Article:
Quijano acknowledges she was vocal about her concerns, and she believes that was the reason she received an email on Dec. 3 abruptly terminating her from her temporary contract at the state hospital two months early.

According to that unsigned email, “My office has directly received, or become aware of, a number of complaints regarding Dr. Quijano’s unprofessional demeanor when interacting with personnel both at our hospital, and in external venues. Despite the efforts of your office, our medical director, and myself, Dr. Quijano did not modify her interactions with MSH staff to the degree necessary to have her remain in a contract providers role here at our hospital. It is my understanding Dr. Quijano held an unfavorable view of the hospital protocols which was observed to manifest in her daily interactions with all parties involved. Dr. Quijano’s unsolicited negative comments to, or about external providers, and members of the legal community, along with her frequent use of profanity, does not reflect the standards of this hospital, nor the presentation to the community expected by the State of Montana. Regrettably, as a result of the continuation of these type of incidents, we must immediately severe our agreement with Dr. Quijano to provide locum tenens provider services at the Montana State Hospital.”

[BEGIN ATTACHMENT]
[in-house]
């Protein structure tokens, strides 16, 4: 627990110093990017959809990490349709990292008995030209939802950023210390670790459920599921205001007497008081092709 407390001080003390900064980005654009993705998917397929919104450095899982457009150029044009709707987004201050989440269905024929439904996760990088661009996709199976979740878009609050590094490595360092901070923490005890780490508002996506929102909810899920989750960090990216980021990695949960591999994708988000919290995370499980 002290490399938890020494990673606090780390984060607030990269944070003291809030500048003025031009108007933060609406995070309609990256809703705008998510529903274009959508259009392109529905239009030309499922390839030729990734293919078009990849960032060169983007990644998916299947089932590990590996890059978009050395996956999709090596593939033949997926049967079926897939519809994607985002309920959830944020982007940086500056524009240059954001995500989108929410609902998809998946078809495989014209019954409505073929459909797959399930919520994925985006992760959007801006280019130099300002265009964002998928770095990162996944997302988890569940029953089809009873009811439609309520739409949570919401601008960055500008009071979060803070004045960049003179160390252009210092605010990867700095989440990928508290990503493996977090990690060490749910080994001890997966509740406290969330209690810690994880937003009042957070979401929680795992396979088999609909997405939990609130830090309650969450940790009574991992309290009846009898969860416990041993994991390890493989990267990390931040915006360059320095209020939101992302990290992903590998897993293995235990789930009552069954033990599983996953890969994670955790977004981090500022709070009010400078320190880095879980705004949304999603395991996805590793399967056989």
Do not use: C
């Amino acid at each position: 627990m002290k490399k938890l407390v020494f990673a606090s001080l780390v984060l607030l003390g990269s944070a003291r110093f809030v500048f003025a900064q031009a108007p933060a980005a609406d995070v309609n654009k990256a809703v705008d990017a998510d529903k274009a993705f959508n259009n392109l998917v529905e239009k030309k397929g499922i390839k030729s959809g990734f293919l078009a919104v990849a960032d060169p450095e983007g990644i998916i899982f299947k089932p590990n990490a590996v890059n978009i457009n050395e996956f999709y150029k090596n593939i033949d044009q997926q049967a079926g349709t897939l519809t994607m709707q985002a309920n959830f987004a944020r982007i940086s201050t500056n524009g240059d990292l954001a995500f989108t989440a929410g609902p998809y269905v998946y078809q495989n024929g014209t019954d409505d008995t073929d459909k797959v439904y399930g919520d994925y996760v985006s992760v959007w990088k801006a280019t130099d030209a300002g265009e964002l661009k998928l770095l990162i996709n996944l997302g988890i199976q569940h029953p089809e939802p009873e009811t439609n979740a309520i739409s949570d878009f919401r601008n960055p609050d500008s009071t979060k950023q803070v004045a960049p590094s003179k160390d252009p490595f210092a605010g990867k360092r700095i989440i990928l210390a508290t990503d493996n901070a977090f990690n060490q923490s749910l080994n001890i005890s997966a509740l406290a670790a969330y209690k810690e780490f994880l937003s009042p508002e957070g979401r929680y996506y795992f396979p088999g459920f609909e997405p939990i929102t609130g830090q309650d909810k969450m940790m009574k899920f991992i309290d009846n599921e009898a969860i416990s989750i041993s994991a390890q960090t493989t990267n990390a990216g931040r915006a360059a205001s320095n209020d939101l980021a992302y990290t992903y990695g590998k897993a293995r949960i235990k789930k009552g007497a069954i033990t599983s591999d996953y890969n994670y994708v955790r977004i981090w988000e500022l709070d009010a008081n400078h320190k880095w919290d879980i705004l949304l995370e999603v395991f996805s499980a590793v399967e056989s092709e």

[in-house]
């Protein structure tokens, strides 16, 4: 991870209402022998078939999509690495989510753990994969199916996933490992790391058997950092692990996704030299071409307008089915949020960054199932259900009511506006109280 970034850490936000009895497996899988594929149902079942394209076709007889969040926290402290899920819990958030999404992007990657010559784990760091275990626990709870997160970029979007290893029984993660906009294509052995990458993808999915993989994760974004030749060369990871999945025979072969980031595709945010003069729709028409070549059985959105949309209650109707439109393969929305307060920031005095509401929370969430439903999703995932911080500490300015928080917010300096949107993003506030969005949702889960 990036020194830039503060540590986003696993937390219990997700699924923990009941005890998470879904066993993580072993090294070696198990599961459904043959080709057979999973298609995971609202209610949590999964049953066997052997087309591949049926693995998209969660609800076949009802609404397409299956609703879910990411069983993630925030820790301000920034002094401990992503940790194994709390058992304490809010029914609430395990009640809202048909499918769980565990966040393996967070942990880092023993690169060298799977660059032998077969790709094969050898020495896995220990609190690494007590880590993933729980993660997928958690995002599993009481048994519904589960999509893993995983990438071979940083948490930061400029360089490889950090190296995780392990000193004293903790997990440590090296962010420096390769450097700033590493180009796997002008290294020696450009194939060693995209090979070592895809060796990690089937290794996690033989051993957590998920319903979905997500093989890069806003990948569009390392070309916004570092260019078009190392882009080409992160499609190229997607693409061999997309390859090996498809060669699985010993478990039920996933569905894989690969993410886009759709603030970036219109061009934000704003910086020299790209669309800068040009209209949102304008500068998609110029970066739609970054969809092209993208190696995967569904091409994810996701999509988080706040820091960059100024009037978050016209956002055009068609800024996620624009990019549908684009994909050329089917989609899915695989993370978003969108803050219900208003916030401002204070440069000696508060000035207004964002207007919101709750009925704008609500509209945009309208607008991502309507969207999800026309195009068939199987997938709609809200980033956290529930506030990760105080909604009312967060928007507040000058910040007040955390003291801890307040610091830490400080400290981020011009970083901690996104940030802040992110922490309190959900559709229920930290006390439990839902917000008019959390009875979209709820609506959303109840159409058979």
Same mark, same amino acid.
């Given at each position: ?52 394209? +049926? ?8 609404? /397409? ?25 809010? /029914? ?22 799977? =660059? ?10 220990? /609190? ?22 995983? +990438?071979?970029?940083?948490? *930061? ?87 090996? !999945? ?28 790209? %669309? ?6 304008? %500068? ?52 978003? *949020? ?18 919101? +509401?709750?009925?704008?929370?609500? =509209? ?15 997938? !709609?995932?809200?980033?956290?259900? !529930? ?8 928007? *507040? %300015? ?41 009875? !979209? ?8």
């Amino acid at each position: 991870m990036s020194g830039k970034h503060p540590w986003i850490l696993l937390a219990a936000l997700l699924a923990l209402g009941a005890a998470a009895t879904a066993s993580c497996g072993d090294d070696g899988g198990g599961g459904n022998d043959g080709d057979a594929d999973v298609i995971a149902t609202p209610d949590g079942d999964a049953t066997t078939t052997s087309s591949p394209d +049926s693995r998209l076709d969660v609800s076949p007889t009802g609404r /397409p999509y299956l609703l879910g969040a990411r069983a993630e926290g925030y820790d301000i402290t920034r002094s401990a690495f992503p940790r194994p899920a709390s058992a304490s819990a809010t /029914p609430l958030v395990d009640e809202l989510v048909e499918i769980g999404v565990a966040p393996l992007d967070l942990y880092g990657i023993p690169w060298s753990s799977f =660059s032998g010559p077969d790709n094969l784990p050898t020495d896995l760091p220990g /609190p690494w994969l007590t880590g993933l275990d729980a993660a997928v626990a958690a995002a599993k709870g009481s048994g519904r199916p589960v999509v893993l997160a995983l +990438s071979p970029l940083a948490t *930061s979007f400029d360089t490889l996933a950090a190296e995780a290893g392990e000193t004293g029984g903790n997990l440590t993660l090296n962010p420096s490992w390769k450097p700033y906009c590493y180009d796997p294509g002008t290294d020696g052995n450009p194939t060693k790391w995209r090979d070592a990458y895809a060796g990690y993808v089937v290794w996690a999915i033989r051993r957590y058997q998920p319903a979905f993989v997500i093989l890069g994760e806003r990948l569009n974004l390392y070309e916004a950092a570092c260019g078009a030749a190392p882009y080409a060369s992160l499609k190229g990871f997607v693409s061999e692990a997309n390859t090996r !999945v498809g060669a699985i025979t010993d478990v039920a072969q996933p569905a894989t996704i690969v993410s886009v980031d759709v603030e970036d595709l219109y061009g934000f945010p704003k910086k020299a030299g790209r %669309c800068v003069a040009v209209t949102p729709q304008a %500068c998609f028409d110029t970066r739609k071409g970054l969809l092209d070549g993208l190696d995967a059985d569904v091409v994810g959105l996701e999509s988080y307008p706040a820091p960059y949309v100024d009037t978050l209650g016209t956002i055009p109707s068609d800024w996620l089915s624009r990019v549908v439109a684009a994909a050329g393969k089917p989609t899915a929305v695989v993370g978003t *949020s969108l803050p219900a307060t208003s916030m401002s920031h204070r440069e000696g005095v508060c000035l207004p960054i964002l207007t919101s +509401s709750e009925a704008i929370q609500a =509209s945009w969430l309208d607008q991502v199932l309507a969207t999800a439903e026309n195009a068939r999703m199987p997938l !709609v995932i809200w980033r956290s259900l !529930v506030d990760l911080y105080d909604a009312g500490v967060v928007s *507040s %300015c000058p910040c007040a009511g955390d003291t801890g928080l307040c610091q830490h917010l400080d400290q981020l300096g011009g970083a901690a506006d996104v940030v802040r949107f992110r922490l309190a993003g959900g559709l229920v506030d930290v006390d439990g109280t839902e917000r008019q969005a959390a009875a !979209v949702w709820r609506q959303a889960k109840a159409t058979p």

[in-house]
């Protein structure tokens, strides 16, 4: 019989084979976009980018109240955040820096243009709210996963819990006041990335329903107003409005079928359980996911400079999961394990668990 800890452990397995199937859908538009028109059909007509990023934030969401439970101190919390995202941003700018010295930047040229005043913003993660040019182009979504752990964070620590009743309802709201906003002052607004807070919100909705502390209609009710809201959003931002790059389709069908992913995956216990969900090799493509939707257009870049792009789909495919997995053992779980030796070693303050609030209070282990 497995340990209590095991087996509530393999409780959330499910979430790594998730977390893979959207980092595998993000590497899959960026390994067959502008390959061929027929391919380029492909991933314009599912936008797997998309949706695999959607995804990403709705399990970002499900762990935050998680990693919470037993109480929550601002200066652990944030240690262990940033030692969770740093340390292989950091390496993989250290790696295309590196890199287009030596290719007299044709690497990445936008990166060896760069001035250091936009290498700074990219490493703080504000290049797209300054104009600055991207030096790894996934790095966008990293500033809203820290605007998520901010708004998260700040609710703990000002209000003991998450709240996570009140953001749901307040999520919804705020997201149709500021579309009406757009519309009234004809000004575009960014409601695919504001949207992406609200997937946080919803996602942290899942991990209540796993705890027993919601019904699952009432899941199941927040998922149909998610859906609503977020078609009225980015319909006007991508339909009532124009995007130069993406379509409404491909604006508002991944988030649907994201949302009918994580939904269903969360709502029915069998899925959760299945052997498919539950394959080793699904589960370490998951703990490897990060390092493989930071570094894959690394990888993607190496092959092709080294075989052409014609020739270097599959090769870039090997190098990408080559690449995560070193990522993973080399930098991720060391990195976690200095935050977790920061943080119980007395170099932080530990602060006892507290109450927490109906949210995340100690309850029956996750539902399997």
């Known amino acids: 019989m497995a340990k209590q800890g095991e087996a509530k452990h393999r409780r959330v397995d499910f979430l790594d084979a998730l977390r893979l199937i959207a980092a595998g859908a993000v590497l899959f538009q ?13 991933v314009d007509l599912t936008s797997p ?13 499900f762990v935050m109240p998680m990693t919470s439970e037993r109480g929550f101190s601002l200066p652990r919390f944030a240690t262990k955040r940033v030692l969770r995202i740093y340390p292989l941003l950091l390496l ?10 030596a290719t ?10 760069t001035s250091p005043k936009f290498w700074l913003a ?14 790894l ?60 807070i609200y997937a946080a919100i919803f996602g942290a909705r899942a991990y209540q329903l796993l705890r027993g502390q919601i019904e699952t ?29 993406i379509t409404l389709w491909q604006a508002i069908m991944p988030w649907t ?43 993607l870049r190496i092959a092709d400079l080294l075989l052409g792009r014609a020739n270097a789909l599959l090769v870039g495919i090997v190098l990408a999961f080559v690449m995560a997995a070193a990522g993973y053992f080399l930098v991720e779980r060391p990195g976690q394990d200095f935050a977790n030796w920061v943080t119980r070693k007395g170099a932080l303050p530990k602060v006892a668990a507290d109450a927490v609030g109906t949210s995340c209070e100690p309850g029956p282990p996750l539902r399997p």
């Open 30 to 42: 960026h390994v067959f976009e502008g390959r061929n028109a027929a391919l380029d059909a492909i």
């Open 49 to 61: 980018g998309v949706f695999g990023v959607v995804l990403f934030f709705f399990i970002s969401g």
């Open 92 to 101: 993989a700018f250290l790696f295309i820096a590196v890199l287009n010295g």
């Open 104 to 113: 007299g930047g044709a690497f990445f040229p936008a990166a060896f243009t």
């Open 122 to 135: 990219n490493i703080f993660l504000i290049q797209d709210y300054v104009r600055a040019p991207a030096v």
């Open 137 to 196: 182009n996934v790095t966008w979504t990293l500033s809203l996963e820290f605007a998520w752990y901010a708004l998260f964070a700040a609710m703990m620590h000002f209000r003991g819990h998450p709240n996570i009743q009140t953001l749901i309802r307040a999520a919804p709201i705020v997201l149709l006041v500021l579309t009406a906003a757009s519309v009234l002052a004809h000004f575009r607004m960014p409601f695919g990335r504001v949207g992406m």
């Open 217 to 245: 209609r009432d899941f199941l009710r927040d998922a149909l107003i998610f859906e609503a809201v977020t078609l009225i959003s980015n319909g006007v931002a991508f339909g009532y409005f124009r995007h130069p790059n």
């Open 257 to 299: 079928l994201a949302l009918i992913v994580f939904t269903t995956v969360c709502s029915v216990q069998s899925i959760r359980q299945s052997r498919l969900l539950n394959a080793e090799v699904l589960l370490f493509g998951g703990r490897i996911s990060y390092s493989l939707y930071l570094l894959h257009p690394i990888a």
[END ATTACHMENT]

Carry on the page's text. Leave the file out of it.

Quijano said she was never reprimanded before her contract was terminated and believed that termination was a consequence of her vocal complaints about the facility.

Dr. Christine Daly, a psychiatrist who worked alongside Quijano and shared many of her concerns about Spratt, said she agreed that Quijano’s termination was “absolutely not” justified and was instead retaliatory.

“And the fact that they fired her without any replacement shows that they had a complete lack of duty to the patients,” Daly said. “It was irresponsible for them to do that (fire her) when there was no one to replace her.”

Daly said, “It was clearly just retaliation because she was voicing concern for the unsafe environment in which we were practicing.”

After Quijano’s termination, Daly says all of Quijano’s patients were shifted to her, leaving her with 46.